A Review of America's Religious Institutions' Utilization of Information Communication Technologies in Shaping Social Policy and Governance

A Review of America's Religious Institutions' Utilization of Information Communication Technologies in Shaping Social Policy and Governance

Christson Adedoyin (East Carolina University, Greenville, NC, USA) and Mary S. Jackson (East Carolina University, Greenville, NC, USA)
DOI: 10.4018/ijicthd.2014070105
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Abstract

Information Communication and Technologies (ICTs) are vital tools that religious organizations pervasively utilize in the United States of America (USA) to shape social issues, influence social policy and participate in governance. This paper articulates the different methods of deploying ICTs by religious organizations toward social justice and human development in the USA from historical to contemporary times. Furthermore, the article highlights the nexus of intervention strategies and ICTs to address social problems such as poverty, unemployment, child abuse, human trafficking, and environmental issues. Contemporary ICTs applications such as twitter, Facebook, blogs, online communities and classical media outlets such as television, satellite communications and radios used by religious organization in influencing governance will be examined. Implications for teaching, practice and future research are delineated.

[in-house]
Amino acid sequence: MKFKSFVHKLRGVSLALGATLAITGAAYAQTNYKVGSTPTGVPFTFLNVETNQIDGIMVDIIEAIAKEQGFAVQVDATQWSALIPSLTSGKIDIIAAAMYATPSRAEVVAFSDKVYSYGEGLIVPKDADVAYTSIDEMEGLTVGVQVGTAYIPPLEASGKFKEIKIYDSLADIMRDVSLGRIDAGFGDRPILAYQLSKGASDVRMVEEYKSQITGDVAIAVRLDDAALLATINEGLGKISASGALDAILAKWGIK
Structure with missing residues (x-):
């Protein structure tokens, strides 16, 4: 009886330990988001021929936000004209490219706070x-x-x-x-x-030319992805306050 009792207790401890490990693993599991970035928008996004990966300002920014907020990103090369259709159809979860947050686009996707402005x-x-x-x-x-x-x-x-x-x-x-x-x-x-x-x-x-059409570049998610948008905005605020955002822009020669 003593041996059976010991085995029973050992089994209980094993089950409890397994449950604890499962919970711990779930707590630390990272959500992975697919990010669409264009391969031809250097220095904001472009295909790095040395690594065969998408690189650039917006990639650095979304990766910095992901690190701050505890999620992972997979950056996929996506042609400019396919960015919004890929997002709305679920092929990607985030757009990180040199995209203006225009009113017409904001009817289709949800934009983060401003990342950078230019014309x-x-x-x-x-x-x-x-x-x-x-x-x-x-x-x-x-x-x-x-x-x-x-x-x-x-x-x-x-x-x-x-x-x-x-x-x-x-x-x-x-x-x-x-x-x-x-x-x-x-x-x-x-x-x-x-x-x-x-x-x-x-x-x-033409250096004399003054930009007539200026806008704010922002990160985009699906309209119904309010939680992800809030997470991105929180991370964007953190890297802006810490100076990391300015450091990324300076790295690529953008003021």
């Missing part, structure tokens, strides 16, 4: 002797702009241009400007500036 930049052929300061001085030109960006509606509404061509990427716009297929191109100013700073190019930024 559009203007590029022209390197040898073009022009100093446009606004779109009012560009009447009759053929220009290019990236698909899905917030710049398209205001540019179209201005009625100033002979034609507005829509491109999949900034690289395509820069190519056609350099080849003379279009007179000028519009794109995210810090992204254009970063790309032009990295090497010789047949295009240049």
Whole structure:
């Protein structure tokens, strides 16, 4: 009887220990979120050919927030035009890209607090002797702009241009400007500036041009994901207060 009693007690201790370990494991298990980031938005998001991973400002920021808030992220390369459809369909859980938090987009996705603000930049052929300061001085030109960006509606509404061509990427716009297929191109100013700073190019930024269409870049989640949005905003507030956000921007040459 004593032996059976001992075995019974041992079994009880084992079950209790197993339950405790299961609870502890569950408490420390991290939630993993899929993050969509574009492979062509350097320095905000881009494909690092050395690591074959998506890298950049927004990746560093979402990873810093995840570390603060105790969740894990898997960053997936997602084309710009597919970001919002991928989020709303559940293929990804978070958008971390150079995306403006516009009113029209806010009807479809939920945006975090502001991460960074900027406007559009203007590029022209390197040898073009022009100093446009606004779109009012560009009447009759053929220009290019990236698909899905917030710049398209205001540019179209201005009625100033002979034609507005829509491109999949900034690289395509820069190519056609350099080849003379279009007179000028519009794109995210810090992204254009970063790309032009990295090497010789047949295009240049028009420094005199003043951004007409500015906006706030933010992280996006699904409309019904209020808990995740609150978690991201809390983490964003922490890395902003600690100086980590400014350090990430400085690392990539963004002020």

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Religion, Communication, And Governance In The Pre And Post-Colonial Periods

Native Americans and Communication

Scientific research depicts human races as comprised of periods or eras of civilizations: prehistoric, modern, and trans-modern civilizations. Each civilization, in the past as is the current civilization, is governed by rank order bureaucratic hierarchies infused with some type of religious or spiritual belief systems. These religious or spiritual belief systems play a pivotal role in the success of the governance and functioning hierarchy. Americans’ belief systems were composed of what Frankl (2006) calls a search for meaning in their spiritual world for answers to questions that were beyond their immediate comprehension. Native Americans sought answers through visions, through the earth and its natural elements (sky, wind, sun, rocks, rain), which was considered supernatural forces by white settlers who came to America. This search for answers by Native Americans was depicted as “spiritual” and was an integral aspect of Native American culture and communication structure (Griffiths, 1999). The spiritual practices offered Native Americans feelings of satisfaction not only internally but also guidance in how to behave in their daily lives and how to treat others (governance) (Garrett, 1998). Both religion, as practiced by the settlers and spirituality as practiced by Native Americans held significant roles in the governance process during the development of the USA. As immigrants from other countries continued to populate the 13 original colonies, the primordial form of ICTs was primarily human interactions.

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